Students in Washington, D.C., are taking a stand to demand change from D.C. Public Schools (DCPS) amid a wave of nationwide protests. Dressed in red for education, high schoolers from some of the district's top public schools walked out of class in protest Tuesday afternoon to push for safer schools during the COVID-19 pandemic.
The protest is the latest in a wave of walkouts by students in cities across the nation, including in Chicago, the nation's third largest school district; Denver and Oakland. Days after some students walked out of school in Montgomery County, Maryland, which borders D.C., the district's students held their own walkout and virtual rally over Zoom.
Brianna Stallings, a senior at Benjamin Banneker Academic High School, helped organize the D.C. protest, which was started by a group called Students 4 Safe Learning. Brianna and other participants said they don't feel safe in school. They want their schools to ensure COVID protocols are in place, including 100% testing for students and staff, KN95 mask distribution and the option for virtual schooling.
"We united over the fact that we didn't feel safe in school and believe that DCPS could do a lot more to protect us," Stallings told CBS News' Natalie Brand. Stallings also said she has to be cautious around her 81-year-old grandmother and mother with pre-existing conditions.
"My grandmother sprays me in Lysol everyday [when I come home] because she's scared for me to come home from school," Stallings said. "I would never forgive myself if I brought something home and affected my family."
The student protesters say if they don't have safer conditions at school, DCPS should return to remote learning until the spread of the virus is under control. In the virtual rally held after the walkout, one Banneker student on the Zoom call said that her sibling, who also attends Banneker, contracted COVID recently and when they were quarantining at home she wasn't given remote-learning assignments. The student said she did her schoolwork by herself but fell behind.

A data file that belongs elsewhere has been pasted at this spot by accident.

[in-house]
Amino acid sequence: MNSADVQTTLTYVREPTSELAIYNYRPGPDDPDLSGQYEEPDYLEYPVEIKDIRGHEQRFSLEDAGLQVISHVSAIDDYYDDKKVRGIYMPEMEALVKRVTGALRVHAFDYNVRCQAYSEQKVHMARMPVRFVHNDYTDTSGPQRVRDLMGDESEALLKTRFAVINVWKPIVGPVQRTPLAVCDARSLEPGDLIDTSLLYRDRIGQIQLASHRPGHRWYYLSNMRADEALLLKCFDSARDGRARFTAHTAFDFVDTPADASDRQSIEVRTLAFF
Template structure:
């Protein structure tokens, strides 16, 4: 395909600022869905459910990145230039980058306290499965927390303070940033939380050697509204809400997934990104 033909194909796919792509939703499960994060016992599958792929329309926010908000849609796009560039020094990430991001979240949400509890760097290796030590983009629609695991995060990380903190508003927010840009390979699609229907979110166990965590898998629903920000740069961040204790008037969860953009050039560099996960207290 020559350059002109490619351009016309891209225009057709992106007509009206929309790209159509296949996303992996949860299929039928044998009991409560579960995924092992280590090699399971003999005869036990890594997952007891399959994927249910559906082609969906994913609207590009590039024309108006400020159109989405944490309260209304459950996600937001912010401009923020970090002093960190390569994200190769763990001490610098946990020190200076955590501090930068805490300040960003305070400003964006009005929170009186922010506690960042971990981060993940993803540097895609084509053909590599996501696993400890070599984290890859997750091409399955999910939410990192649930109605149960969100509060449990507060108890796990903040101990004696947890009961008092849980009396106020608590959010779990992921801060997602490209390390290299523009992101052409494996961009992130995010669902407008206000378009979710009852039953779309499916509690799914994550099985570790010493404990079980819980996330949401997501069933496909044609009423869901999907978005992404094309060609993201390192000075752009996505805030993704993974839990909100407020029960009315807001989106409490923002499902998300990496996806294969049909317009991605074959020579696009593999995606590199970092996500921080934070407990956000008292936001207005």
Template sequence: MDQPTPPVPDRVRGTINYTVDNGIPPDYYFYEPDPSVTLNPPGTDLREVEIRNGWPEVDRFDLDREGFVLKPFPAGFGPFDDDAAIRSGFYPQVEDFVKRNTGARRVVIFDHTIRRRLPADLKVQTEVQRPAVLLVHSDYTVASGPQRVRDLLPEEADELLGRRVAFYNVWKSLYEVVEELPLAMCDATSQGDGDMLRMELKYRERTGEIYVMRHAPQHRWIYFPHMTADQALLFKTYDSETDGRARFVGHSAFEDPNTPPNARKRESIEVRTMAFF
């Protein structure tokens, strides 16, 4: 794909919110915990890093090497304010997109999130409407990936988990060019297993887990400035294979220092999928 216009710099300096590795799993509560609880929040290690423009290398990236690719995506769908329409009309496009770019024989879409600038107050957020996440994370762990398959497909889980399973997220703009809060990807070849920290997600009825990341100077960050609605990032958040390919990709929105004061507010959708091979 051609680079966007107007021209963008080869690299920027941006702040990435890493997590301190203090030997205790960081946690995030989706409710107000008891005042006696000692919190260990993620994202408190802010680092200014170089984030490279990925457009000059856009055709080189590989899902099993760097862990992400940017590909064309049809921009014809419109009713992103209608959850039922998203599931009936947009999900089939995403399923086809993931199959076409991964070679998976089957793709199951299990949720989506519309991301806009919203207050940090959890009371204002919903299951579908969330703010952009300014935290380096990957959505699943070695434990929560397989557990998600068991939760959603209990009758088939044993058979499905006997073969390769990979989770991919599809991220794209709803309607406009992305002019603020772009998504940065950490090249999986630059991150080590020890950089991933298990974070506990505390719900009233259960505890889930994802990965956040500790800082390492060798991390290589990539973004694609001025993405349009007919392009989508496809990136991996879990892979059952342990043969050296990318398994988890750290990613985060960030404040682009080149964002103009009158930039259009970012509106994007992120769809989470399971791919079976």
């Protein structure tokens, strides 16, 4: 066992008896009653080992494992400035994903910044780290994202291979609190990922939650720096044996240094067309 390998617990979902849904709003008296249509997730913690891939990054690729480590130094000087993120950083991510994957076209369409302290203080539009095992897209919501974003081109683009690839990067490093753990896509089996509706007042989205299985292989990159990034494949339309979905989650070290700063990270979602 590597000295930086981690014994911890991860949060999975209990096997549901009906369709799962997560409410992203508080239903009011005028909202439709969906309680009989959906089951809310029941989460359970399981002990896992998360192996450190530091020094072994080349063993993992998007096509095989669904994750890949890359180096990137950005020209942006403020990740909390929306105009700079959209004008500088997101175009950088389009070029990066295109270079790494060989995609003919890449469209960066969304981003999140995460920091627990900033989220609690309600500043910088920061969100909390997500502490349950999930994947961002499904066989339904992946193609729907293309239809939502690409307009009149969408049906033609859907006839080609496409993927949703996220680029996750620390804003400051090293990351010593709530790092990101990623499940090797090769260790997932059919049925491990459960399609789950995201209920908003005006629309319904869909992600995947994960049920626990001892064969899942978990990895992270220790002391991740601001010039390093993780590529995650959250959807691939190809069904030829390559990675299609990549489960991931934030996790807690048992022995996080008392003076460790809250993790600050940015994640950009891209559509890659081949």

"D.C. was just saying like: take the test. If you're negative, come back," the student said. "And that to me didn't really feel like a safe option [compared to other school districts]."
Parents and civil rights organizations on the virtual call praised the student participants for speaking out. On its Instagram account, @students4safelearning outlined seven key changes it wants to see the city's leaders make in schools:
- Weekly testing for 100% of students and staff
- Accurate COVID data reporting
- Safer meal times/spaces
- Provide KN95 & N95 masks
- Transition to virtual learning amid the latest surge
- COVID protocols & HVAC ventilation systems
- Weekly deep cleaning
- Virtual learning option for all families
Stallings said the group is waiting on a response from DCPS. But the movement doesn't stop with students. Last week, teachers at D.C.'s Anacostia High School removed themselves from the classroom for a day due to safety concerns stemming from the city's violence and also its COVID surge.
The walkouts come as a growing number of states face political infighting over school policies. In nearby Virginia, newly elected Governor Glenn Youngkin is facing aafter he issued an executive order giving parents the choice to opt out of having their kids wear masks at school.
Many believe teacher attrition is increasing, and a recent survey suggests more are thinking of leaving the profession than before the pandemic. Virginia's 2021 Teacher of the Year, Anthony Swann, says policies like Youngkin's mask reversal are pushing some educators to the edge.
"School safety is being politicized," Swann said. "Teachers are being pushed away from the profession."
Natalie Brand contributed to this report.
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